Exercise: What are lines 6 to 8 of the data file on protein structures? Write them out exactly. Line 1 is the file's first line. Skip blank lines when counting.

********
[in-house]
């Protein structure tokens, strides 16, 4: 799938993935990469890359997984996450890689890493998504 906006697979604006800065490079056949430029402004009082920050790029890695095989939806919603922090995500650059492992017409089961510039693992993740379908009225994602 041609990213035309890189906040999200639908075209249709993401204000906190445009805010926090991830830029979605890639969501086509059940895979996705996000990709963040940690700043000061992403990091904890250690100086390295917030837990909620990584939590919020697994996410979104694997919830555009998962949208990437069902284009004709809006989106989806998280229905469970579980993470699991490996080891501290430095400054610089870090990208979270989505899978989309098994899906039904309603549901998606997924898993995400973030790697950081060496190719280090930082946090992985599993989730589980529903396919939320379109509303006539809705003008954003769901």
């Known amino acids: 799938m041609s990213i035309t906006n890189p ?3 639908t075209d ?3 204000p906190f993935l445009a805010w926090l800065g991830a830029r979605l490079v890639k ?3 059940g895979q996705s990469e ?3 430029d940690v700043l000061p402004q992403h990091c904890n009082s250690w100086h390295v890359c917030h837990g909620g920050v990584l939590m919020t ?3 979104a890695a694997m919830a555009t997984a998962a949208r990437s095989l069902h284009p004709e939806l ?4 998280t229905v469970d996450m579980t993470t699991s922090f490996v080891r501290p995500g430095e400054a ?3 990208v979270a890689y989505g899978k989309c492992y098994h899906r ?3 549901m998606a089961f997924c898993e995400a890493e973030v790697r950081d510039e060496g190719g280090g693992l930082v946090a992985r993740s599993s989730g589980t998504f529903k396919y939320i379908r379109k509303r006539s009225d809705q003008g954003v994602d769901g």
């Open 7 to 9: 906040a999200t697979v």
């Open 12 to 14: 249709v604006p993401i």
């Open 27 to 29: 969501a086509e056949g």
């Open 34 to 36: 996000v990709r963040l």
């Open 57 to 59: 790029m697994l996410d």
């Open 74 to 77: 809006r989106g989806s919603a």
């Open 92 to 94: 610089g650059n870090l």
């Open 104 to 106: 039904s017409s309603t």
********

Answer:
């Open 27 to 29: 969501a086509e056949g």
């Open 34 to 36: 996000v990709r963040l």
């Open 57 to 59: 790029m697994l996410d």